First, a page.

Monday, September 14, 2009


I'm not a politician. I'm an ordinary taxpayer. If you think that I should not bother myself with politics, I thought so, too, at first. But somehow recent political events are bothering me. I'm willing myself to monitor daily news mainly to gather bits of information about each politician posturing this early as formidable candidates. I honestly believe that this might help me make better decision come election day. This is also my duty as a concerned Filipino voter. However I'm not enjoying the whole picture of it. I don't think there is really a Mr. Right or a Ms. Perfect among them. That remains to be seen.

There they go again! Like in a street "karerahan", they're already off and running through all sorts of political gimmickry. What's disconcerting is that there seems to be gross lack of decorum, nay discipline, and the whole picture is more of a telenovela to the cynical and nothing of worth to the marginalized among our brothers, given the grumblings and rumblings I hear.

I welcome that move from someone who cried "foul" regarding the "infomercials" over the media. If I were to recall, when they were not yet under attack, I didn't give them a cent worth of my time. To me, they were simply amusing, alternative entertainment, if not, at other times, laughable. It's the issue raised about its high cost, who paid it, and what money was used that I realize I had to understand why infomercials can be regarded illegal. I'm a taxpayer. I know in my own little way that money appropriated by government for the benefit of the people must be properly disbursed and well accounted for.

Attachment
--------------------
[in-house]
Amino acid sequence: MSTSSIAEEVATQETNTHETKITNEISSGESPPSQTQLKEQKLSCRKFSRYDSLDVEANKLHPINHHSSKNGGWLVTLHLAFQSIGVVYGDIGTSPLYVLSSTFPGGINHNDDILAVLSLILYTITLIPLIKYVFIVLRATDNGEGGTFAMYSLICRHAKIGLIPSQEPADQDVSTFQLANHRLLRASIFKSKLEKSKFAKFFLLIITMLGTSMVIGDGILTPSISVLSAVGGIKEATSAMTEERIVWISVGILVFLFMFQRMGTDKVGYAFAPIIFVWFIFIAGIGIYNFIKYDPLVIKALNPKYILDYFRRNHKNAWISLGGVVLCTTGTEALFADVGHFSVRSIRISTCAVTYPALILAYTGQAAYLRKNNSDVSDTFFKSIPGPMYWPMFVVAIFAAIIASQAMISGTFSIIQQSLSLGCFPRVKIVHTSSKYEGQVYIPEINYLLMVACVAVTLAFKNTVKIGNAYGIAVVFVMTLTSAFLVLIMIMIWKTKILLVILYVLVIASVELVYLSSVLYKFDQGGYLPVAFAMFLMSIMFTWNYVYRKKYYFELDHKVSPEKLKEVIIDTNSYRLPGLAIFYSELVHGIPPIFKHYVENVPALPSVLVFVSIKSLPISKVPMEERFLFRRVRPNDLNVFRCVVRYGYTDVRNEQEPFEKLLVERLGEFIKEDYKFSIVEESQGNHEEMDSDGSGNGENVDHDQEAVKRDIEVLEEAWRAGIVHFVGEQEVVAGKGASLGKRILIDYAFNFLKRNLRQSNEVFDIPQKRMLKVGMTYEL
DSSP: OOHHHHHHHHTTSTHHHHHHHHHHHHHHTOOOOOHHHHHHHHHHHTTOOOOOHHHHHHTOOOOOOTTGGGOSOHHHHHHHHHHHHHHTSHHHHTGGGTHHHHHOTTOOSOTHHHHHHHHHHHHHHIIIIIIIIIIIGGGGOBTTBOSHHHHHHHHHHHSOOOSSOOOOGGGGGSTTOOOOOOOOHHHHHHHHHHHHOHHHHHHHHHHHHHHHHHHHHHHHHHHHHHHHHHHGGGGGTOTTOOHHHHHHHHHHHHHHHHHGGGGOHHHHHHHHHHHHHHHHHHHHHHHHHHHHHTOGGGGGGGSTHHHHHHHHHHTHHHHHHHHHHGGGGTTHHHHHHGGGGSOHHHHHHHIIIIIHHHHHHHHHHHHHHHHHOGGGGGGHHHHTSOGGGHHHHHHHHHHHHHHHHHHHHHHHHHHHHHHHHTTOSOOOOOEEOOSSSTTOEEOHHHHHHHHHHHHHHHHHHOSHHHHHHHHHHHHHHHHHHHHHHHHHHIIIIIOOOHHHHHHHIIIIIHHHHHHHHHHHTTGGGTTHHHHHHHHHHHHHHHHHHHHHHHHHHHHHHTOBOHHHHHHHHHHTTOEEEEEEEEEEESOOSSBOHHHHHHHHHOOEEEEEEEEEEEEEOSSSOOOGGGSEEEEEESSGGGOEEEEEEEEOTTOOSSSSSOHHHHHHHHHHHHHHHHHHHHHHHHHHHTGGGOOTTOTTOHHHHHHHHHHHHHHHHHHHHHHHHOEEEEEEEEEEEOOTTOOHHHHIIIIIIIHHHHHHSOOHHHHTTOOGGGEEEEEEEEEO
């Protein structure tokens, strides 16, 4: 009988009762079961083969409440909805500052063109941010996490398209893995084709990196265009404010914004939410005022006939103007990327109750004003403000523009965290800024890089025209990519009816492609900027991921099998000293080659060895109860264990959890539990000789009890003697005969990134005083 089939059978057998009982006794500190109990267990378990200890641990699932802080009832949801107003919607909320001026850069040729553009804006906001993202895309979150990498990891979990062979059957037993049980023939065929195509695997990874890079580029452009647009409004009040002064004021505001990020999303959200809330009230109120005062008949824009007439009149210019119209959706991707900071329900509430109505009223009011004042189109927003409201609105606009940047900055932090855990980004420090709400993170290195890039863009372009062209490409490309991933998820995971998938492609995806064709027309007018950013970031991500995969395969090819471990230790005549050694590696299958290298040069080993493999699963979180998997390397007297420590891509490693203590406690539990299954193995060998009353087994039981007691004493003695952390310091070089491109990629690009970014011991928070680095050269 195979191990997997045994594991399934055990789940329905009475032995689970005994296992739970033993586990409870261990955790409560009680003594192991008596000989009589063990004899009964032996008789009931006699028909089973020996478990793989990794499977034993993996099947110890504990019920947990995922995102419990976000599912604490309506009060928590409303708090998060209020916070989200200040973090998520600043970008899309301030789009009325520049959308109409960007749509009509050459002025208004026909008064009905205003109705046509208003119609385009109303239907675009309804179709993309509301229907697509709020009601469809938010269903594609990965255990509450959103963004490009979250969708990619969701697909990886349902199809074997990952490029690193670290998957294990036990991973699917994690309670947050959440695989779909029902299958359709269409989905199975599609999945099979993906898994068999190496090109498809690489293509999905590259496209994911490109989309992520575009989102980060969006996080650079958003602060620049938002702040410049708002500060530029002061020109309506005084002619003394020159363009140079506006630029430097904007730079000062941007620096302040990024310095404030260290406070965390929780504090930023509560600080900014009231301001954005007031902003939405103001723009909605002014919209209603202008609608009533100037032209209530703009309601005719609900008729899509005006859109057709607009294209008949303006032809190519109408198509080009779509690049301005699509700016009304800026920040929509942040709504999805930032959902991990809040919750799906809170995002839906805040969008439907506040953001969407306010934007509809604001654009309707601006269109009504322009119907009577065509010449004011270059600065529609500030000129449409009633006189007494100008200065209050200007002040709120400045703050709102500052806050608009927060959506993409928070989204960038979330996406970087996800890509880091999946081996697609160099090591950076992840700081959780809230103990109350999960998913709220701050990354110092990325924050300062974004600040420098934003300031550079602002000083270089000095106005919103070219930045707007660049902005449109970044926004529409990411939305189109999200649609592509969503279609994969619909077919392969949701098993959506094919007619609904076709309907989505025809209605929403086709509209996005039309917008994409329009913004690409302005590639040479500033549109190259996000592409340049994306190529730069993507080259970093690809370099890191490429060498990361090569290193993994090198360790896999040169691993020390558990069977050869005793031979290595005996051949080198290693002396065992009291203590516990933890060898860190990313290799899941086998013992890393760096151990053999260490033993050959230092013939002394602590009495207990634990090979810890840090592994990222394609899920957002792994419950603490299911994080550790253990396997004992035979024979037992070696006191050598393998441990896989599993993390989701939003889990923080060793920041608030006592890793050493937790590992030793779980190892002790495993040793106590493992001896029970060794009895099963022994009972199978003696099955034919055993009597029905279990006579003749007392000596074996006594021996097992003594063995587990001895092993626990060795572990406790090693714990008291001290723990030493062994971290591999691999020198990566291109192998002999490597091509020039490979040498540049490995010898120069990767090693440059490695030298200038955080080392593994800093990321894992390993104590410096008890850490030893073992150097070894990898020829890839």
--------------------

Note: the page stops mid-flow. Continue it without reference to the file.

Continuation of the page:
Another, I haven't rested my mind yet about why the failed attempt to use automated machine voting was recently resurrected. Have the eager-beavers ironed out their differences along this scheme? I thought many opposed it because of alleged massive irregularities of contract for one and its susceptibility to fraud in another. Can COMELEC assure the voting public that there will be no more "Hello Garci" nor that popular "dagdag-bawas" scares of the past? How well can this government arm address problems that may emerge like technical malfunctions, if there be any, during voting?I pray that the billion peso cost of said scheme will be worth it after election.

I can't tell now who among the handlers of both the opposition and administration candidates are doing the right choice for their strongest standard bearer. Even they, themselves, can't seem to unite their own turf. Many things can happen yet. Election is still a long way to go. To prove my point, some strong contenders have already dropped from the rolls. May their reasons for giving way be heard and from their actions, the unscrupulous among them follow suit, so that legitimate conflicts will be straightened out for the good of everybody.

I can't understand why. But I hear names of old politicians with pending cases also on the run as if nothing wrong happened. They're at it tooth and nail, or do or die. Is it difficult to exclude them from the screening? Or are they very sure that the slow grind of justice is on their side? Therefore, I would like to disabuse my mind if I say that foremost in their agenda is to seek high position, stay in power, invoke immunity and evade punishment from the sins they committed, continue to evade the law and make the whole nation a mockery in the eyes of the world.

Now and then, I'm scared whenever Cha-Cha and how the law of the land could possibly be twisted to serve the ends of those in power. Although many attempted to revise our Constitution, there are still strong men in government who are there to defend it. But until when? Do our elite politicians really want political stability for the welfare of the people? Or are they there only primarily to guard their amassed wealth, questionable tax declaration and net worth and prospects of more wealth?You see, money is the root of all these nightmares.

I know only a little. Isn't little knowledge a dangerous thing? But this is politics, Filipino style. I'm just speaking my mind loud.

Photo by james sarmiento

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